Researchers Find: Psychotherapists Biased Against Family Firms
Psychotherapists may be biased against family businesses. As a result, clinicians may influence or even encourage the working parent to leave the family-owned business rather than work out the issues at hand according to R. Phillip Colon, Ph.D. and Jerry I. Kleiman, Ph.D., both of the Long Island Institute of Psychoanalysis, writing in The Family Psychologist (Spring, 1995, p.30). Moreover, they say, Clinicians who lack an understanding and appreciation of the culture of the family-owned business risk the danger of pathologizing what is normal. The article recently was brought to our attention by our colleague Dr. Bernard Kliska.
Colon and Kleiman conducted a survey of psychotherapists in which three case studies were presented. One presented a father involved in a stressful family-owned business. A second case was identical except the father was involved in a stressful non-family owned business. The third case presented a well functioning family without identifiable conflicts and with the father involved in a family business.
The majority of the respondents considered the business to be a major contributor to problems at home only in the case of the family business. In the third case, many psychotherapists diagnosed problems of autonomy and individuation just by the casual mention of the parents involvement in a family-owned business.
When an individual or family involved in a family business seeks psychotherapeutic help on issues related to interpersonal boundaries, autonomy, competency, intra family rivalries or other conflicts, the family-owned business is often made the scapegoat, say Colon and Kleiman. The researchers chastise their colleagues: there is a need for awareness and openness on the part of the professional in recognizing that the family and business can positively interface with and enhance family life. As clinicians, we need to confront our bias that involvement in a family-owned business is inherently pathological.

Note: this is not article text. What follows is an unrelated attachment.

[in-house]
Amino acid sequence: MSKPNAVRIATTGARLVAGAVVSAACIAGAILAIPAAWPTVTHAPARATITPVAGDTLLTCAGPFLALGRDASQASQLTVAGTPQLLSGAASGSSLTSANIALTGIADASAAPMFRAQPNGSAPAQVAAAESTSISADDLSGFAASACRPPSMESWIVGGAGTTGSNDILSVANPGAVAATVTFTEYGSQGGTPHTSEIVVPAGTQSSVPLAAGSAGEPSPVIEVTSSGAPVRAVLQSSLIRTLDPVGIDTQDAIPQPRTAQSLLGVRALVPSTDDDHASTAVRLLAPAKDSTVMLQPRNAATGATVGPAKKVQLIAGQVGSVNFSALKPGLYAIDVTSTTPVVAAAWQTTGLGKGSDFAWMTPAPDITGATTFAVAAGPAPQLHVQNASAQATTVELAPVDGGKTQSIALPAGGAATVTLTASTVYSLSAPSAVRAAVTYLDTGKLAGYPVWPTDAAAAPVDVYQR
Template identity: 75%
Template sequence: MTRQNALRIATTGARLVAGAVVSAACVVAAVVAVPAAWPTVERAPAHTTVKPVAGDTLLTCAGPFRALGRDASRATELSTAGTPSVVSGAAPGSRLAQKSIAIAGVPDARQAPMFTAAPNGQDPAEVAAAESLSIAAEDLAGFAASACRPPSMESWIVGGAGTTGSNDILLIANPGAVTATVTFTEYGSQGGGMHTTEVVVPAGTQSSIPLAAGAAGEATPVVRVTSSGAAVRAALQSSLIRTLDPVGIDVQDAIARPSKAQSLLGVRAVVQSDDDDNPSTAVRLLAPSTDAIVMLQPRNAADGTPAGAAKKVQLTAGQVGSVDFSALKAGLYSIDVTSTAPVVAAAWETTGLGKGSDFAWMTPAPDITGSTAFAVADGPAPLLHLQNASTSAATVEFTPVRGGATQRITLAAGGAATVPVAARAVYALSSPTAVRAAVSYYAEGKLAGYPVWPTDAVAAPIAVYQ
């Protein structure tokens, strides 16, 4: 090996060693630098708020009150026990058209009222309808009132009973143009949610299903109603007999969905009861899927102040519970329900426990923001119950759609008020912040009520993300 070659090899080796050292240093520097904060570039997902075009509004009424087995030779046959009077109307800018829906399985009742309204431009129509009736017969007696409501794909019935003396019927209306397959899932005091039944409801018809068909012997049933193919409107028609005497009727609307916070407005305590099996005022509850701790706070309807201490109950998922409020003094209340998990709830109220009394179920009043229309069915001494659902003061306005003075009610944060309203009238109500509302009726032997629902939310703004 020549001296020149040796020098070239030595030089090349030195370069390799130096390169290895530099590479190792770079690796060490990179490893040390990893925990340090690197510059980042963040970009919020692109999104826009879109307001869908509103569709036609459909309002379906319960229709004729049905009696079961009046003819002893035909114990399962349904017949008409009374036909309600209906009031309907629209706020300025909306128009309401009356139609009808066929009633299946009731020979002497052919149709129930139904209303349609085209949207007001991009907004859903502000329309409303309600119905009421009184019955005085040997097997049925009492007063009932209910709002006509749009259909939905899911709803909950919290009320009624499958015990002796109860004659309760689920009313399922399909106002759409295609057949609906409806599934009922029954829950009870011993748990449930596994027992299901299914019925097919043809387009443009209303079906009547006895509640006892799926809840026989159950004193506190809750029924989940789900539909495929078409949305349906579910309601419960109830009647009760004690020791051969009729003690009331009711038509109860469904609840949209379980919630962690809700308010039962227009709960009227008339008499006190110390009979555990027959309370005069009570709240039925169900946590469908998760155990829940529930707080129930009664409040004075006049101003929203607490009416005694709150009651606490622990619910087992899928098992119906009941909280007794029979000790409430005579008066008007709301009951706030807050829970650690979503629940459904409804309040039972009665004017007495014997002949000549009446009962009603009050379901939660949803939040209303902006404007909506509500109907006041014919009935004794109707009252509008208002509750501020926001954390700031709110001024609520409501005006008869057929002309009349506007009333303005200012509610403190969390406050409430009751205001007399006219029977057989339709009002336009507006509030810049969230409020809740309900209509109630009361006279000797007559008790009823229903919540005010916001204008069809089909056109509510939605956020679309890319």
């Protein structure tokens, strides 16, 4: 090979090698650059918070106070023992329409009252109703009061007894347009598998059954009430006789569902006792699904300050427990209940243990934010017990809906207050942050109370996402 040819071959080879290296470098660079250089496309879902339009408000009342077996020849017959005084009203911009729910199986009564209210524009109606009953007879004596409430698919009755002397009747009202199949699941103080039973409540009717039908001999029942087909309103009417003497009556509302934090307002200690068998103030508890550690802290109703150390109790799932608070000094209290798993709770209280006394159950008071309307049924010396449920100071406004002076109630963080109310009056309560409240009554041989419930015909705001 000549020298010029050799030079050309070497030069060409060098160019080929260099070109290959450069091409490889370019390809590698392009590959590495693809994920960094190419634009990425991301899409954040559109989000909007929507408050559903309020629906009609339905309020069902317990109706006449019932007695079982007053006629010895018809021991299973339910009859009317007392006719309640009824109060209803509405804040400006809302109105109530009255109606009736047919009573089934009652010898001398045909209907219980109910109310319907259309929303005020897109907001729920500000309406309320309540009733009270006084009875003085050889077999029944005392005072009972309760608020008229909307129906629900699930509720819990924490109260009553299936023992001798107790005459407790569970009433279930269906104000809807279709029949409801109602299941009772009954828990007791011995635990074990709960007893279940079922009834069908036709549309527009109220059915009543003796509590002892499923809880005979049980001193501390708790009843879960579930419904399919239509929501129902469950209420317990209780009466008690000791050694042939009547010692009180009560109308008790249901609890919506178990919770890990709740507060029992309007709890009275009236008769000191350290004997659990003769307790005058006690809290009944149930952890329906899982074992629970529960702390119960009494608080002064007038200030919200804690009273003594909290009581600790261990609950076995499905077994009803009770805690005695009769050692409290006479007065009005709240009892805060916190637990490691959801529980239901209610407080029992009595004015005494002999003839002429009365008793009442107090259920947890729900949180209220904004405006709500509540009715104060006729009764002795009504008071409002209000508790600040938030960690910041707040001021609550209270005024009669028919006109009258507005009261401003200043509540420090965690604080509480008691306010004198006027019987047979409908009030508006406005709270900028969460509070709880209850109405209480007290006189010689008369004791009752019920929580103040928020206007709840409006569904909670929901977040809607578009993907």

Before choosing a psychotherapist, we recommend getting referrals from other professionals who regularly work with family businesses. Also interview the psychotherapist about his or her experience with people associated with family-owned businesses and ask about any feeling the individual may have about family firms. If answers sound like negative stereotypes, find another therapist.
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